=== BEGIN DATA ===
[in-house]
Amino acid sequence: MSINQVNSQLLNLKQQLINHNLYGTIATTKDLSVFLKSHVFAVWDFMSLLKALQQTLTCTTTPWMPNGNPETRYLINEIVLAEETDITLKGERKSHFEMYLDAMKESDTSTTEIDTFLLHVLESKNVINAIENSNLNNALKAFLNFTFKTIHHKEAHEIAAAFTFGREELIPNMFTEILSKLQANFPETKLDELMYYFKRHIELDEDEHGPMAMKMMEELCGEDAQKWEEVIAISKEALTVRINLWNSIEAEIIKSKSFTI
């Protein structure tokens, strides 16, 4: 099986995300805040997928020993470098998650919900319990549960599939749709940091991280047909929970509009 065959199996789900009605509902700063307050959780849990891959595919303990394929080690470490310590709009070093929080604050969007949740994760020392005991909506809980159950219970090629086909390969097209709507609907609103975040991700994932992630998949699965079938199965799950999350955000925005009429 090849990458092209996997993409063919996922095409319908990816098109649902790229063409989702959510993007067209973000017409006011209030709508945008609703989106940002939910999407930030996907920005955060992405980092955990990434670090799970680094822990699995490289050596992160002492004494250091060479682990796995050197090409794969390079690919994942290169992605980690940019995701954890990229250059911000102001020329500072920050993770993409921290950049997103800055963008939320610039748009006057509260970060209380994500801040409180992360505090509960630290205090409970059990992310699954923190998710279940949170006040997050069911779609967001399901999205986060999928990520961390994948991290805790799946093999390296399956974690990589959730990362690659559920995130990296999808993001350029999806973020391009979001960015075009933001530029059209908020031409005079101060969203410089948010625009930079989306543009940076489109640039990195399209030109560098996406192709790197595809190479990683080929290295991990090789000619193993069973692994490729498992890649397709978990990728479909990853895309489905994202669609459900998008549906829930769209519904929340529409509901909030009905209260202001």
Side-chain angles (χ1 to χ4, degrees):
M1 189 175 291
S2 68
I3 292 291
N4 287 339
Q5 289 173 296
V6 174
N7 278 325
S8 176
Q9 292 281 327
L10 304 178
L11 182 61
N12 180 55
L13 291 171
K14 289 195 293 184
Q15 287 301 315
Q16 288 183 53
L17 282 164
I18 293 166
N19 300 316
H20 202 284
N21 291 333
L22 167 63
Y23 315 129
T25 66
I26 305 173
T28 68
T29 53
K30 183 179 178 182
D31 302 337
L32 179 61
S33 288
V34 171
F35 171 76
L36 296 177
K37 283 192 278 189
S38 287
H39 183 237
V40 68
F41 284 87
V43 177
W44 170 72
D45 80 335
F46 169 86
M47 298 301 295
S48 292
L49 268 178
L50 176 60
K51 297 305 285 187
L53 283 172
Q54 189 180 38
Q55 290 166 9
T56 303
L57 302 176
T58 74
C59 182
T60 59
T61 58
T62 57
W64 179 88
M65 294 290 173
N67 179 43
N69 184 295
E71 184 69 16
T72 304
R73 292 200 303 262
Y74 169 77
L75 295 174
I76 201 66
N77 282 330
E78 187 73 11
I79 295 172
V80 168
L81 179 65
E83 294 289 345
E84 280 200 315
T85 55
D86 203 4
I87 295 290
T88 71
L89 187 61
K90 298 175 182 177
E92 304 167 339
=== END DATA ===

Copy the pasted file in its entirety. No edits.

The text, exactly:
[in-house]
Amino acid sequence: MSINQVNSQLLNLKQQLINHNLYGTIATTKDLSVFLKSHVFAVWDFMSLLKALQQTLTCTTTPWMPNGNPETRYLINEIVLAEETDITLKGERKSHFEMYLDAMKESDTSTTEIDTFLLHVLESKNVINAIENSNLNNALKAFLNFTFKTIHHKEAHEIAAAFTFGREELIPNMFTEILSKLQANFPETKLDELMYYFKRHIELDEDEHGPMAMKMMEELCGEDAQKWEEVIAISKEALTVRINLWNSIEAEIIKSKSFTI
């Protein structure tokens, strides 16, 4: 099986995300805040997928020993470098998650919900319990549960599939749709940091991280047909929970509009 065959199996789900009605509902700063307050959780849990891959595919303990394929080690470490310590709009070093929080604050969007949740994760020392005991909506809980159950219970090629086909390969097209709507609907609103975040991700994932992630998949699965079938199965799950999350955000925005009429 090849990458092209996997993409063919996922095409319908990816098109649902790229063409989702959510993007067209973000017409006011209030709508945008609703989106940002939910999407930030996907920005955060992405980092955990990434670090799970680094822990699995490289050596992160002492004494250091060479682990796995050197090409794969390079690919994942290169992605980690940019995701954890990229250059911000102001020329500072920050993770993409921290950049997103800055963008939320610039748009006057509260970060209380994500801040409180992360505090509960630290205090409970059990992310699954923190998710279940949170006040997050069911779609967001399901999205986060999928990520961390994948991290805790799946093999390296399956974690990589959730990362690659559920995130990296999808993001350029999806973020391009979001960015075009933001530029059209908020031409005079101060969203410089948010625009930079989306543009940076489109640039990195399209030109560098996406192709790197595809190479990683080929290295991990090789000619193993069973692994490729498992890649397709978990990728479909990853895309489905994202669609459900998008549906829930769209519904929340529409509901909030009905209260202001």
Side-chain angles (χ1 to χ4, degrees):
M1 189 175 291
S2 68
I3 292 291
N4 287 339
Q5 289 173 296
V6 174
N7 278 325
S8 176
Q9 292 281 327
L10 304 178
L11 182 61
N12 180 55
L13 291 171
K14 289 195 293 184
Q15 287 301 315
Q16 288 183 53
L17 282 164
I18 293 166
N19 300 316
H20 202 284
N21 291 333
L22 167 63
Y23 315 129
T25 66
I26 305 173
T28 68
T29 53
K30 183 179 178 182
D31 302 337
L32 179 61
S33 288
V34 171
F35 171 76
L36 296 177
K37 283 192 278 189
S38 287
H39 183 237
V40 68
F41 284 87
V43 177
W44 170 72
D45 80 335
F46 169 86
M47 298 301 295
S48 292
L49 268 178
L50 176 60
K51 297 305 285 187
L53 283 172
Q54 189 180 38
Q55 290 166 9
T56 303
L57 302 176
T58 74
C59 182
T60 59
T61 58
T62 57
W64 179 88
M65 294 290 173
N67 179 43
N69 184 295
E71 184 69 16
T72 304
R73 292 200 303 262
Y74 169 77
L75 295 174
I76 201 66
N77 282 330
E78 187 73 11
I79 295 172
V80 168
L81 179 65
E83 294 289 345
E84 280 200 315
T85 55
D86 203 4
I87 295 290
T88 71
L89 187 61
K90 298 175 182 177
E92 304 167 339